The team’s shortstop spot is wide open this season following the losses of Ryder Giles and Zach Agnos this past offseason. In step a couple of freshmen, including Chrismon. The 5-foot-8, 161-pounder is known as more of a the glove-first, defensive shortstop, ahead of fellow freshman Connor Rasmussen (more on him below). Chrismon does hit from the right side, and he had a strong prep career offensively for South Rowan High School, batting .340 for his prep career with 61 stolen bases. As a senior, Chrismon hit .369 with 35 RBIs and 23 stolen bases. The step up to Division I pitching has been an adjustment for Chrismon at times this preseason, but he still has shown the ability to put together quality at-bats. He’s just seen as the more defensive option of the group currently. We’ll see how much the coaching staff wants to put on his shoulders as a first-year player.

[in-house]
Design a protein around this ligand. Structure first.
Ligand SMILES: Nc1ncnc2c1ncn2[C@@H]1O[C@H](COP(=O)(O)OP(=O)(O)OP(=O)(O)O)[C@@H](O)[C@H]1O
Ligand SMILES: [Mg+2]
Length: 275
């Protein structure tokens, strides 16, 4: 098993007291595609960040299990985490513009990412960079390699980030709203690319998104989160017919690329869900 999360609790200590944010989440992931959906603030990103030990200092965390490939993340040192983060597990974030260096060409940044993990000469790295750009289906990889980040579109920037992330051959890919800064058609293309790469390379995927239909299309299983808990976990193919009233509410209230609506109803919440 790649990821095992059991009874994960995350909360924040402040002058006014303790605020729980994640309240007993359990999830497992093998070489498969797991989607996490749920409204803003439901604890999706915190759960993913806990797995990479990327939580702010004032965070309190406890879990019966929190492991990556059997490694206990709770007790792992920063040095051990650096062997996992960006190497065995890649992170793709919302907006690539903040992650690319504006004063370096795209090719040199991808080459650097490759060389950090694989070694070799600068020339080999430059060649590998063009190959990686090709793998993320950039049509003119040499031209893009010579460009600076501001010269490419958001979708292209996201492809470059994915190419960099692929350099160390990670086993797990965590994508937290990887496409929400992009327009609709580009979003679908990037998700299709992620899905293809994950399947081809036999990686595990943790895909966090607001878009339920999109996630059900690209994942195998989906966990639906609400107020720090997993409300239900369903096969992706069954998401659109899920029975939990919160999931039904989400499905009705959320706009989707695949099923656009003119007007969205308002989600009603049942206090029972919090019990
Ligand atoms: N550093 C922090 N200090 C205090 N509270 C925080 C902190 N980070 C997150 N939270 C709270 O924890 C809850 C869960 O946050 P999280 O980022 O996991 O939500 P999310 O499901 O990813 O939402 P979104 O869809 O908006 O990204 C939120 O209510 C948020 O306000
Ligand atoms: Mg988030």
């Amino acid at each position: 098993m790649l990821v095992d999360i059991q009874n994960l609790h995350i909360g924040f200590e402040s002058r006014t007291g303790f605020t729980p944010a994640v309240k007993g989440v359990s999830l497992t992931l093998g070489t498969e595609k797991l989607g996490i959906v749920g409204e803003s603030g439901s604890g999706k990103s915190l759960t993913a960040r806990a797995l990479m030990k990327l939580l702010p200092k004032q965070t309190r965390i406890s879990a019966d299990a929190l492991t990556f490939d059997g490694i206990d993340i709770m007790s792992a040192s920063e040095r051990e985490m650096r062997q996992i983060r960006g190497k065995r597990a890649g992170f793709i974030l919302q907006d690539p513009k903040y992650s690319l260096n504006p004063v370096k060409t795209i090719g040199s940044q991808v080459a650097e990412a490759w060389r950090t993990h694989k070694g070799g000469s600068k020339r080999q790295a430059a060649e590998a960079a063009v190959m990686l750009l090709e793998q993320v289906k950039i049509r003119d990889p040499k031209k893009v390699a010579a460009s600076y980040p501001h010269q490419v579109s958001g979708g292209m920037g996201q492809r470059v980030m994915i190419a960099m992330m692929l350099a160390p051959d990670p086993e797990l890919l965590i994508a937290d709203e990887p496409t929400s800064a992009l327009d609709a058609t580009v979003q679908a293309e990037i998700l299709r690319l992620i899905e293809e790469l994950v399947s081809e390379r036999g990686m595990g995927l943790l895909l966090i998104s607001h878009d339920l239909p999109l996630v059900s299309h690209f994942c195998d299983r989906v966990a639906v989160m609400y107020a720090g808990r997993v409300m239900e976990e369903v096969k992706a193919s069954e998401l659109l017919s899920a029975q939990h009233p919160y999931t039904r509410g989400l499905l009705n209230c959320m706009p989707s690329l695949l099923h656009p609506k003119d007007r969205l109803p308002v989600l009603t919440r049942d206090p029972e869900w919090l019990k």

Rasmussen is the other freshman competing for playing time at shortstop, going head-to-head with Chrismon and returner Joey Berini for the job (with Makarewicz also capable of sliding over from third and playing some shortstop as well). The 5-9, 180-pounder is another left-handed hitter, but is known for a smooth, contact-oriented swing that is capable of driving the ball into the gaps and consistently producing line drives. He played his high school ball at Fort Mill High School in South Carolina and was also a member of the Canes on the travel circuit. Rasmussen has been described by Godwin as a pure hitter. Where he’s trying to make progress now, as quickly as possible, is on the defensive end. That’s particularly when it comes to covering ground up the middle. Rasmussen has a good arm, but range is the question mark.